“Look at Me Now” sounds like Marvin Gaye and Queen at once. How did you actually get that guitar sound?

Whoa cool, thank you. That’s J Most, my producer. He started playing that guitar line and it just lent itself to the Brian May type guitar harmonies. It was so fun hearing him record it, he’s such a great player. I believe we tracked that at Like!Minds Studio.



The lyrics are seemingly about running into an ex lover – did that really happen?

Ha, well…not necessarily. I think the lyrics were heavily influenced by social media. Instagram mainly. We all post that cute photo of us that we want somebody else to see, probably just one person in particular. It’s the highlight reel! Look how great I’m doing! Even if the truth may be slightly different.

“Remind Me” has the feel of ’80s R&B – but is also kind of gospel-ish. Is that indicating a forward direction for you?

I love gospel music and gospel singing, I think it’s the essence of true joy, love, sorrow, feeling. Straight from the heart, no filter. I guess I aspire to write music like that. I hope to write more songs with big, belting vocals that just soar freely.

Prince was a fan of yours – did you get to meet him?

I never got to meet Prince. He tweeted my songs a few years back. The first time he did, he deleted the tweet shortly after posting it…just as I was about to show all of my friends! Haha. The second time I took a screen shot so that I’d have proof. He invited us to play at Paisley Park, but passed away a few months before we were scheduled to go. He remains a mystical figure to me. Rest In Peace.


Santorini Chic: Vora Villas Is Greece’s Poshest New Island Hideaway


Surely among the most beautiful places on Earth, Santorini’s soaring cliffs, sweeping ocean views, and charming whitewashed villages are the antithesis of those gritty Athens streets. But while her breathtaking beauty is unquestionable, she’s become increasingly thronged with international tourists in search of those perfect Instagram opportunities. But we still believe the Aegean gem to be one of Greece’s “must” destinations – especially if you can find an out-of-the way spot from which to indulge her charms.

And just such a place is the newly built Vora (the newest member of Design Hotels), which offers three private luxury villas that have been artfully hand-carved into the caves and cliffs, and suspended dramatically above the sea. Secreted away in the quiet residential community of Imerovigli, the location is a hideaway for those who crave tranquility, but also want quick access to the buzzing cafés, tavernas, and shopping opportunities in Santorini’s capital, Fira – only five sunny minutes away.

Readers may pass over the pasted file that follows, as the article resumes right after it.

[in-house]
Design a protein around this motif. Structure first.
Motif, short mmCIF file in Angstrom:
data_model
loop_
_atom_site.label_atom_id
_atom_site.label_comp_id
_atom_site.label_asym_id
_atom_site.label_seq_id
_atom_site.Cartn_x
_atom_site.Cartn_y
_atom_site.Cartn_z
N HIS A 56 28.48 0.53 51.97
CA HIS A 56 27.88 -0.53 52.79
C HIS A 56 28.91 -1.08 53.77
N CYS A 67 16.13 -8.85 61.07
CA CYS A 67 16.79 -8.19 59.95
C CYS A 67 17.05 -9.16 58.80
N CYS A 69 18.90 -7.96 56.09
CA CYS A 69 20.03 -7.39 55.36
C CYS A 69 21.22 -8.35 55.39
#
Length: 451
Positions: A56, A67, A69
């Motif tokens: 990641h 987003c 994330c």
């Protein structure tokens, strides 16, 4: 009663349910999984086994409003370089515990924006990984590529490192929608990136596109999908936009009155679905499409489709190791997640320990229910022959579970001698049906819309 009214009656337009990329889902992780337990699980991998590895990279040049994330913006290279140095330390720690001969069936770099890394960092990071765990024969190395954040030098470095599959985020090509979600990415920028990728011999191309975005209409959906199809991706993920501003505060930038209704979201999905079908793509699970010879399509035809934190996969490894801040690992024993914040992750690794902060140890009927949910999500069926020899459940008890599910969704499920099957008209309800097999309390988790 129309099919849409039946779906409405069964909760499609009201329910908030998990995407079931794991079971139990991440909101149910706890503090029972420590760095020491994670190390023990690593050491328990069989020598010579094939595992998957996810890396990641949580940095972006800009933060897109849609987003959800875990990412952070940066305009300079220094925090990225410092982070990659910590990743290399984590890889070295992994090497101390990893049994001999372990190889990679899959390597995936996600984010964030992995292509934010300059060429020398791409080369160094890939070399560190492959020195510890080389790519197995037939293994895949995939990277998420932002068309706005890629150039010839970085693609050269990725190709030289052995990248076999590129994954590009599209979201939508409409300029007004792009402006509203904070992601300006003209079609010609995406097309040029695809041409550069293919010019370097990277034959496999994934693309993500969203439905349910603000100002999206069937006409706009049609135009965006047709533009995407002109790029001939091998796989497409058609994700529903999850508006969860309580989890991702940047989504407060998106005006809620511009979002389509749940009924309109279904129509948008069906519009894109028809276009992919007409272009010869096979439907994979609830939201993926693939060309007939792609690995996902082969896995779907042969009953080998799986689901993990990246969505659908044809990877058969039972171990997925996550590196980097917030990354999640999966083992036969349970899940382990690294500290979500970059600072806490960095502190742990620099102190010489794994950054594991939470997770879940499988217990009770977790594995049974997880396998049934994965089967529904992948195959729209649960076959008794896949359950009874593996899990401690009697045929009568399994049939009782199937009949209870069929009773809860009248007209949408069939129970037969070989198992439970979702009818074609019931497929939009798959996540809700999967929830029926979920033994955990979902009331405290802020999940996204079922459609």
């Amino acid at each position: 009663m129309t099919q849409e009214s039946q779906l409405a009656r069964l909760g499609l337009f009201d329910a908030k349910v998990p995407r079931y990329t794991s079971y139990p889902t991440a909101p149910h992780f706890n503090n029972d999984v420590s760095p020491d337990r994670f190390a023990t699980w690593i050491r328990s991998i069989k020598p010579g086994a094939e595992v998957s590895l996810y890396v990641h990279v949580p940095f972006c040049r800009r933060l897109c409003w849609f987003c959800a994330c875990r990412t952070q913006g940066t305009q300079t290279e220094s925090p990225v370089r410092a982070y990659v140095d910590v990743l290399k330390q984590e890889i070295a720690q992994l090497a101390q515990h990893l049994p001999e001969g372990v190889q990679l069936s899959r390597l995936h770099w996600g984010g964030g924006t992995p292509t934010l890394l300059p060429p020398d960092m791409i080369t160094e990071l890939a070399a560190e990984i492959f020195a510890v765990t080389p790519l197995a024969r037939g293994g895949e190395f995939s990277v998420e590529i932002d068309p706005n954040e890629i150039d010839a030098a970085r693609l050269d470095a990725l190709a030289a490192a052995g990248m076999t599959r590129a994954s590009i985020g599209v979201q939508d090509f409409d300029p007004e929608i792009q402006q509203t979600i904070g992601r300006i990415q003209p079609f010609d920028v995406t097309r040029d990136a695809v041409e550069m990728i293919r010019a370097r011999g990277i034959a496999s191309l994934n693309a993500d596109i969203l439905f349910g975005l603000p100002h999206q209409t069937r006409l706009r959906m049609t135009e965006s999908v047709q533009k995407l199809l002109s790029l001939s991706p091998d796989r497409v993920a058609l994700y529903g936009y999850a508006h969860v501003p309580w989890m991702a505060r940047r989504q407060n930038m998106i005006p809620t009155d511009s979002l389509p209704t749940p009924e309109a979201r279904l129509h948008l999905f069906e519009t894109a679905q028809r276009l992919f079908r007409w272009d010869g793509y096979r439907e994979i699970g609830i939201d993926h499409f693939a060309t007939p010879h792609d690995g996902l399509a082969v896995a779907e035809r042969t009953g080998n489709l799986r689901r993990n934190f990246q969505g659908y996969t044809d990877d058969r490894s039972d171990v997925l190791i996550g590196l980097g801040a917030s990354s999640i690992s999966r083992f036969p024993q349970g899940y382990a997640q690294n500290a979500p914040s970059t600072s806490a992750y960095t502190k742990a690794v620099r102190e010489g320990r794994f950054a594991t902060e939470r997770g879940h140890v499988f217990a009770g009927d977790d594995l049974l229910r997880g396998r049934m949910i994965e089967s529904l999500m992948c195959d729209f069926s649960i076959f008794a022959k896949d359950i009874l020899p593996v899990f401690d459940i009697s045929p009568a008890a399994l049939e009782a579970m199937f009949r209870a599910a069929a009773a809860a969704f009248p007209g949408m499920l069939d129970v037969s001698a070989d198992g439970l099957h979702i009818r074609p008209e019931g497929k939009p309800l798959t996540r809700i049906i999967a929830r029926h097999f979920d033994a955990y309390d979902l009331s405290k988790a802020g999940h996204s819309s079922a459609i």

Designed by one of the hottest Greek design firms of the moment, Athens-based K-studio, the villas were inspired by classic Cycladic architecture: think gentle arches, whitewashed cement exteriors, elegant lines, and strategically placed staircases. In a nod to Santorini’s history, volcanic rock dapples the exterior and is extensively used in the interior of the villas. A mix of custom-made furniture by local craftspeople and K-studio designers, give each space its unique aesthetic and character. All three boast a private terrace and infinity plunge pool, set against breath-stopping views of the Aegean Sea.

They’re also more reasonably priced than one might expect: rates start at approximately $700 per night and include breakfast, Wi-Fi, and other amenities. As per the norm with European villa rentals in these times, Vora will also coordinate private chefs, drivers, winery tours and exclusive local experiences.



Where to Go in 2019: Tallinn and Graz

Above: Tallinn Old Town


We were plenty busy in 2018, museum-hopping in Paris, flirting in Rome and clubbing in the Berlin Kreuzberg underground. But cultivated Europhiles that we are, we’re always feeling the call of some of our less-trodden, yet still favorite cities on the Continent.

Nothing beckons us to Europa quite like the turning of winter, with its exhilaratingly crisp evenings, stylishly scarfed locals, and those transcendently evocative fragrances that fill the air of each city (the latter a particular treat for those forced to breath the noxious fumes of New York and LA every day).

On our list of fave under-the-radar European cities, we last visited Antwerp and Maastricht. Next we head further east, to the Estonian capital of Tallinn, and to Austria’s second city Graz.




Clockwise from top left: Hotel St. Petersbourg; Tallinn streets; Kaerajaan restaurant; Kumu Museum